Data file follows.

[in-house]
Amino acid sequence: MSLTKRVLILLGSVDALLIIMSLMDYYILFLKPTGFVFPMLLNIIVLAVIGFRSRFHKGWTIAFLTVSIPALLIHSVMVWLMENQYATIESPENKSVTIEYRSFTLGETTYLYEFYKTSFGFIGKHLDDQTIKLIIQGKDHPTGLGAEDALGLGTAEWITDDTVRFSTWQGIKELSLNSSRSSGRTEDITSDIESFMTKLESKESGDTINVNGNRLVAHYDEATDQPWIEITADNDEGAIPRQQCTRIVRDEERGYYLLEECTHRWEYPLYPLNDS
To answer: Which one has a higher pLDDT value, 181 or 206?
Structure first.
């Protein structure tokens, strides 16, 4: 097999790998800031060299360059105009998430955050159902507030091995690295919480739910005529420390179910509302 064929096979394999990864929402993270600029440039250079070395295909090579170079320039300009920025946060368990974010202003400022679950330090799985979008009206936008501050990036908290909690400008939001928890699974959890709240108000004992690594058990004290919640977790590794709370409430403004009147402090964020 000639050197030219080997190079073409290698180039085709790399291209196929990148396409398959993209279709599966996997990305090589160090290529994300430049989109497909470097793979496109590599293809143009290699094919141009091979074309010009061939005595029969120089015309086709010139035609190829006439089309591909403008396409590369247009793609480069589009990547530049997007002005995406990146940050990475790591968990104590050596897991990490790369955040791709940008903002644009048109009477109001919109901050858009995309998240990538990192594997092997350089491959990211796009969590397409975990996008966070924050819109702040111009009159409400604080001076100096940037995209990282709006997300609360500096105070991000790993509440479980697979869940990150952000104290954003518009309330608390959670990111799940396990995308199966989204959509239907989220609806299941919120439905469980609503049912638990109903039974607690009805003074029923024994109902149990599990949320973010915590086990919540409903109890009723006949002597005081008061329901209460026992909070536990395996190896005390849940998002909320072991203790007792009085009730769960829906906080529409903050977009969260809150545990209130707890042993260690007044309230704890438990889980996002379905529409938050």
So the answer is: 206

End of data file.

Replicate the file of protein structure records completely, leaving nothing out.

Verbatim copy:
[in-house]
Amino acid sequence: MSLTKRVLILLGSVDALLIIMSLMDYYILFLKPTGFVFPMLLNIIVLAVIGFRSRFHKGWTIAFLTVSIPALLIHSVMVWLMENQYATIESPENKSVTIEYRSFTLGETTYLYEFYKTSFGFIGKHLDDQTIKLIIQGKDHPTGLGAEDALGLGTAEWITDDTVRFSTWQGIKELSLNSSRSSGRTEDITSDIESFMTKLESKESGDTINVNGNRLVAHYDEATDQPWIEITADNDEGAIPRQQCTRIVRDEERGYYLLEECTHRWEYPLYPLNDS
To answer: Which one has a higher pLDDT value, 181 or 206?
Structure first.
């Protein structure tokens, strides 16, 4: 097999790998800031060299360059105009998430955050159902507030091995690295919480739910005529420390179910509302 064929096979394999990864929402993270600029440039250079070395295909090579170079320039300009920025946060368990974010202003400022679950330090799985979008009206936008501050990036908290909690400008939001928890699974959890709240108000004992690594058990004290919640977790590794709370409430403004009147402090964020 000639050197030219080997190079073409290698180039085709790399291209196929990148396409398959993209279709599966996997990305090589160090290529994300430049989109497909470097793979496109590599293809143009290699094919141009091979074309010009061939005595029969120089015309086709010139035609190829006439089309591909403008396409590369247009793609480069589009990547530049997007002005995406990146940050990475790591968990104590050596897991990490790369955040791709940008903002644009048109009477109001919109901050858009995309998240990538990192594997092997350089491959990211796009969590397409975990996008966070924050819109702040111009009159409400604080001076100096940037995209990282709006997300609360500096105070991000790993509440479980697979869940990150952000104290954003518009309330608390959670990111799940396990995308199966989204959509239907989220609806299941919120439905469980609503049912638990109903039974607690009805003074029923024994109902149990599990949320973010915590086990919540409903109890009723006949002597005081008061329901209460026992909070536990395996190896005390849940998002909320072991203790007792009085009730769960829906906080529409903050977009969260809150545990209130707890042993260690007044309230704890438990889980996002379905529409938050």
So the answer is: 206